Custody battle over Nosey the Elephant lasting hours

A courtroom battle over a million dollar show elephant took up an entire day Friday in Lawrence County.

Hours of testimony went on with witnesses from both sides of the aisle arguing their points.

The case is garnering attention from thousands across the U.S. and Internationally.

More than a half-dozen witnesses were called to testify in the bench trial over Nosey the Elephant.

The elephant was seized by the Lawrence County Animal Control back in November.

Denise Gaug with animal rights group, Save Nosey Now said, “This animal cannot be returned. This animal is not healthy.”

Cathalina Liebel is a member of the family that owns Nosey. She calls herself Nosey’s little sister and said, “What’s going on here is completely unfair and in my personal opinion it’s illegal.”

Personal knowledge versus expert advice is an argument Defense Attorney Billy Underwood stood on.

Underwood is representing the Hugo Liebel, Nosey’s owner.

He repeatedly objected to Kimberly Carpenter’s testimony. Capenter was the first witness to testify and is the Animal Control Officer for Lawrence County.

She is the person responsible for removing Nosey from her owner’s custody.

Underwood argued Carpenter has no expertise on a 7,000 pound African Elephant.

Cathalina Liebel said, “If you look at the previously submitted evidence in the past hearing you would see that the elephant was inspected by the USDA, which is the governing body and has total and complete jurisdiction over exotic animals.”

Liebel says Nosey receives over 20 inspections from Fish and Game and the USDA yearly, and they’ve all passed.

Dr. Lydia Young from the Elephant Sanctuary of Tennessee was the third witness to testify.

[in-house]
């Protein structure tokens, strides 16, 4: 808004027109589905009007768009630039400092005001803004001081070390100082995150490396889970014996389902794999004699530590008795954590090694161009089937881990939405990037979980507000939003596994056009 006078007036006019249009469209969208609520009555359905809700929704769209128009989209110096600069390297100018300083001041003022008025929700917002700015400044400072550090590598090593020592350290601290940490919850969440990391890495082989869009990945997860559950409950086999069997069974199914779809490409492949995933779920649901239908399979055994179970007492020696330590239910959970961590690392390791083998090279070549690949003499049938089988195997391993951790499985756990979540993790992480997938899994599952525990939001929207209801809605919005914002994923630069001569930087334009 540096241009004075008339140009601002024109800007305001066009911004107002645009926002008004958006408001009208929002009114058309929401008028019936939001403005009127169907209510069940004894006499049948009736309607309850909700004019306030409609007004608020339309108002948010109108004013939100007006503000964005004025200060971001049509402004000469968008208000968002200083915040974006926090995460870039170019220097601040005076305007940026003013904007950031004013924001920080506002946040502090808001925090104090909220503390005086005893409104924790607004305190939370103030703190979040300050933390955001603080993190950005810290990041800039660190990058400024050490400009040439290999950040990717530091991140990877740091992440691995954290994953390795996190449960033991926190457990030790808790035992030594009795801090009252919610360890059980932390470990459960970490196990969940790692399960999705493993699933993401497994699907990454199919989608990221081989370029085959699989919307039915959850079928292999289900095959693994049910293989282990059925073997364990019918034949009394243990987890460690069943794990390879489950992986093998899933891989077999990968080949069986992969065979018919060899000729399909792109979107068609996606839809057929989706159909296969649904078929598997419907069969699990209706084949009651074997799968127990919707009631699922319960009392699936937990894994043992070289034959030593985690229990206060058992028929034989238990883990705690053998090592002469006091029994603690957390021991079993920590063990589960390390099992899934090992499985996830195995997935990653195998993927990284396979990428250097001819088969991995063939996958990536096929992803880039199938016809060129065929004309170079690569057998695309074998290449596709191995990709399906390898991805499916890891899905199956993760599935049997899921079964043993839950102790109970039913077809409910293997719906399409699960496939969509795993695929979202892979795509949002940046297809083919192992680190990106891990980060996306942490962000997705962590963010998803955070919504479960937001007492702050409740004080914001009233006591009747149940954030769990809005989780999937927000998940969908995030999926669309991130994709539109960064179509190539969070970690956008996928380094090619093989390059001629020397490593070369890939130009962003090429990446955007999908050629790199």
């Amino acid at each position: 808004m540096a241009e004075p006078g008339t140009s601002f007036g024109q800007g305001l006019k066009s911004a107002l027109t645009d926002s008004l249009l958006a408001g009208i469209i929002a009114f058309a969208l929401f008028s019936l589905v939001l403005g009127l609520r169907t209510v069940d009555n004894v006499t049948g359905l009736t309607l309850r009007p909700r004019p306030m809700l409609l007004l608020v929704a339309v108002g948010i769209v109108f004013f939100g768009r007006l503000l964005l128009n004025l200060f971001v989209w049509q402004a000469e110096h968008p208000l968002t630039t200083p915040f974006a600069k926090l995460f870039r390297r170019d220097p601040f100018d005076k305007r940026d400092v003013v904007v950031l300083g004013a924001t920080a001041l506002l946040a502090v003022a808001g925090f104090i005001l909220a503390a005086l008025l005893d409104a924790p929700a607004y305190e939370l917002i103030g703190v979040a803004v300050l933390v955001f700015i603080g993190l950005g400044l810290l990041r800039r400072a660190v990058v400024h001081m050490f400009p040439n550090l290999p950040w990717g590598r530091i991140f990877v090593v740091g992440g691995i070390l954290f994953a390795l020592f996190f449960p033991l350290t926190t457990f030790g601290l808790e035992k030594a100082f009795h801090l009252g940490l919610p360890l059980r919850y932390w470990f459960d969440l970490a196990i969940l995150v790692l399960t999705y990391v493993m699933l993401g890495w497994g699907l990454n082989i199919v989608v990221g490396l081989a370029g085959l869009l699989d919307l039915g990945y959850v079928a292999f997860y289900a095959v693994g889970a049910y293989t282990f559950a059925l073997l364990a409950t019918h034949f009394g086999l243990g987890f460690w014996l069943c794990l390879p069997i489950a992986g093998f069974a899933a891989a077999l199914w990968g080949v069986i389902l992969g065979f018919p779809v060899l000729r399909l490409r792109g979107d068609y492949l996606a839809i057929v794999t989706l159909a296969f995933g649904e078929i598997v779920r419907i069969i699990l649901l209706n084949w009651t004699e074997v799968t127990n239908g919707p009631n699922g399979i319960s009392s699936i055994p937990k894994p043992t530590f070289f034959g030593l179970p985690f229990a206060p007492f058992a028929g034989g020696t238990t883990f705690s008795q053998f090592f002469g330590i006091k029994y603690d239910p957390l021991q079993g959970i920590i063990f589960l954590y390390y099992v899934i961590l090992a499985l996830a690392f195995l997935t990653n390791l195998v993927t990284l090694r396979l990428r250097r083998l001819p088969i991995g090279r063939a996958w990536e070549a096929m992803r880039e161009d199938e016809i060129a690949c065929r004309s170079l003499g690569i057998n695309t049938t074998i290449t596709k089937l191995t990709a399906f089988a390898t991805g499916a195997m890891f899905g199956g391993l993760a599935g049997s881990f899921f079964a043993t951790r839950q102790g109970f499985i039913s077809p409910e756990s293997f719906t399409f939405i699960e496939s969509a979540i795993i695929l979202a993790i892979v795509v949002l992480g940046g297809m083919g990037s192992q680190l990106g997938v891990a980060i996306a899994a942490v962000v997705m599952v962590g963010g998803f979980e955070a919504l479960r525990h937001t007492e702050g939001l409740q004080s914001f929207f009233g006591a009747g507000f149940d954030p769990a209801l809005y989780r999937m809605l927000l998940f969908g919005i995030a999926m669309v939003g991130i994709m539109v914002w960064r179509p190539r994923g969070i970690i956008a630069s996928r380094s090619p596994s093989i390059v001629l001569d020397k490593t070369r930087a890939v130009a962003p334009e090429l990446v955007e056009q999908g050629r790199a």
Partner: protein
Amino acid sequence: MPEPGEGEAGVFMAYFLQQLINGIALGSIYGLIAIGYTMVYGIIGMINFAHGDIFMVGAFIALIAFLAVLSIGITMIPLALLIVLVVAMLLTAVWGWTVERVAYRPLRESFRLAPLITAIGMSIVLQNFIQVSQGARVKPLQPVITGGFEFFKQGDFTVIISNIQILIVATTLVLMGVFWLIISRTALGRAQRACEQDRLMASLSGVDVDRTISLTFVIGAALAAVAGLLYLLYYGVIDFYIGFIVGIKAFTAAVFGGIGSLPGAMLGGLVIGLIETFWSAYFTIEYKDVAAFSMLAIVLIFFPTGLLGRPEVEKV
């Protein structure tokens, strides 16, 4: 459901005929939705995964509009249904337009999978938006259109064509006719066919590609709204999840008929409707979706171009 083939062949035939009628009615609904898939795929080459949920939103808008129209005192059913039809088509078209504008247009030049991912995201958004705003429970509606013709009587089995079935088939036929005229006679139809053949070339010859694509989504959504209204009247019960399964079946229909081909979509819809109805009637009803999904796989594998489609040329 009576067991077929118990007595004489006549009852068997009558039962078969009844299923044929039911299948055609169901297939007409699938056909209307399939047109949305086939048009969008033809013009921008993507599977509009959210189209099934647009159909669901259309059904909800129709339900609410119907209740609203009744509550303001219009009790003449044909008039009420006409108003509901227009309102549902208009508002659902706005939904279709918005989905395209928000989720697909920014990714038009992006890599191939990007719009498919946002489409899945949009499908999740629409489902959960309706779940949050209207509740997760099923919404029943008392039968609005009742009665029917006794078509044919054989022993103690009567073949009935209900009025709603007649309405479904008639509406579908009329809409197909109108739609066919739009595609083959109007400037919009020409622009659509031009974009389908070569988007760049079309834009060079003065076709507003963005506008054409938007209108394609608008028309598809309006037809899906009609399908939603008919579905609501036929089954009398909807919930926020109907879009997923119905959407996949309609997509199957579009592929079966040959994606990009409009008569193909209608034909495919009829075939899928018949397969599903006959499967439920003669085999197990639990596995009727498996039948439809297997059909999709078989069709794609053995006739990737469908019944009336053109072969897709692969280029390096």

Her facility is where Nosey has been under observation since the day after she was taken.

Dr. Young testified Nosey has a severe skin condition and said she is suffering from Osteoarthritis.

She advised Nosey should be under daily Veterinary care.

Denise Gaug said, “It’s going to cost much more money than the Liebel’s have to maintain her health or get her to the point where her health can be maintained.”

There is a statute that says once the elephant is nursed back to health it must be returned to its owners.

Denise Guag said, “This is a chronic, chronic problem.”

Cathalina Liebel said, “Look around and see all the legislation that these people are trying to pass to end the human-animal connection.”

Four ponies were also taken when Nosey the Elephant was seized.

Animal Control Officer Kimberly Carpenter says they were only taken for observation.

People from several states traveled to Lawrence County just to witness this bench trial for Nosey the Elephant.


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